The landscape of terrorism and counter-terrorism is complex and sensitive due to these and other factors examined throughout the Teaching Module Series. When considering the future of terrorism therefore, it can be helpful first to look backwards, albeit briefly, to the modern origins of the criminal phenomenon referred to today as international or transboundary terrorism.

Together with a brief overview of the history of terrorism, this Module will also consider the evolution of terrorism in the twentieth century. In doing so, where examples are informative, these are drawn from terrorist organizations which have been formally designated as such within the United Nations system, namely Al-Qaida and ISIL (Security Council resolution 1267 (1999) and subsequent resolutions). That is not to say that other "terrorist" groups are any less important or that the impact of their criminal activities is any less significant in their areas of operation; rather it is reflective of some of the legal and political complexities underlying many of the issues examined in this University Module Series, a number of which circle back to the inability of the international community to agree on a universal definition of terrorism. Without this, it is often not possible to reach universal agreement, for instance, regarding the designation of "terrorist" groups. For similar reasons, since matters of "terrorist" motivations can be politically sensitive, the discussion of terrorism throughout the University Module Series is largely framed around related criminal acts and not any underlying ideologies or other motivating factors (e.g., self-determination), consistent with the approach of the international community, as reflected within the universal anti-terrorism conventions examined in Module 4.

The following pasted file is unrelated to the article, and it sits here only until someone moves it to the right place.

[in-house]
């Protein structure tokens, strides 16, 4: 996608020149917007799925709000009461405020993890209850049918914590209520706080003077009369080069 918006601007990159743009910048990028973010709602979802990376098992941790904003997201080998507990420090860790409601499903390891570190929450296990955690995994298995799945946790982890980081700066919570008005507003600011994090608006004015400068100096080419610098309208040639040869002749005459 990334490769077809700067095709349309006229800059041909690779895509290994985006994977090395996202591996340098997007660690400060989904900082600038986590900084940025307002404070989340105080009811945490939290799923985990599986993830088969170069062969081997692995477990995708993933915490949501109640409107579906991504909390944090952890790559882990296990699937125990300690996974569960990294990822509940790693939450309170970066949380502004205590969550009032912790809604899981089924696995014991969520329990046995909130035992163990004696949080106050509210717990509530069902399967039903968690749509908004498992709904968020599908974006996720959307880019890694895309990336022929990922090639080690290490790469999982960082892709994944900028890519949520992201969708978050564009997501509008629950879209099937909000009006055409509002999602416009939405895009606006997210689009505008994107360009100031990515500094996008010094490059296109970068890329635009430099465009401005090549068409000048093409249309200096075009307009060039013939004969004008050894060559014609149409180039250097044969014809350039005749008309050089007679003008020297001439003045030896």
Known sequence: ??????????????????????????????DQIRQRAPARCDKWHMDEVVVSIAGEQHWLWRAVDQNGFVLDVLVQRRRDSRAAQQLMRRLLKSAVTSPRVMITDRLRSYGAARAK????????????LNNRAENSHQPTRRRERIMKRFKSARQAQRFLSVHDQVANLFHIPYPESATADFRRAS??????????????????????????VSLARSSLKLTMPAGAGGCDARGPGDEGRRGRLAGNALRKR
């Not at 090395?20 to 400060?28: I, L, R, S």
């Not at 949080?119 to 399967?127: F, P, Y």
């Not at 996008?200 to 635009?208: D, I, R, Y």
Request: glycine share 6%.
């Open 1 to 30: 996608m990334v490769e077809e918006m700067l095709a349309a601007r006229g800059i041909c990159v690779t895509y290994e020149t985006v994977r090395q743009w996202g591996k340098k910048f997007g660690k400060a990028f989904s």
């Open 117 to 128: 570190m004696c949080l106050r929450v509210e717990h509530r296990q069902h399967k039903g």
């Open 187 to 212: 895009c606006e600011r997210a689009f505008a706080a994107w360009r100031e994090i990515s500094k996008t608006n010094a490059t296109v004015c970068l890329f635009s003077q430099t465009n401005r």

The sub-pages to this section provide a descriptive overview of the key issues that lecturers might want to cover with their students when teaching on this topic.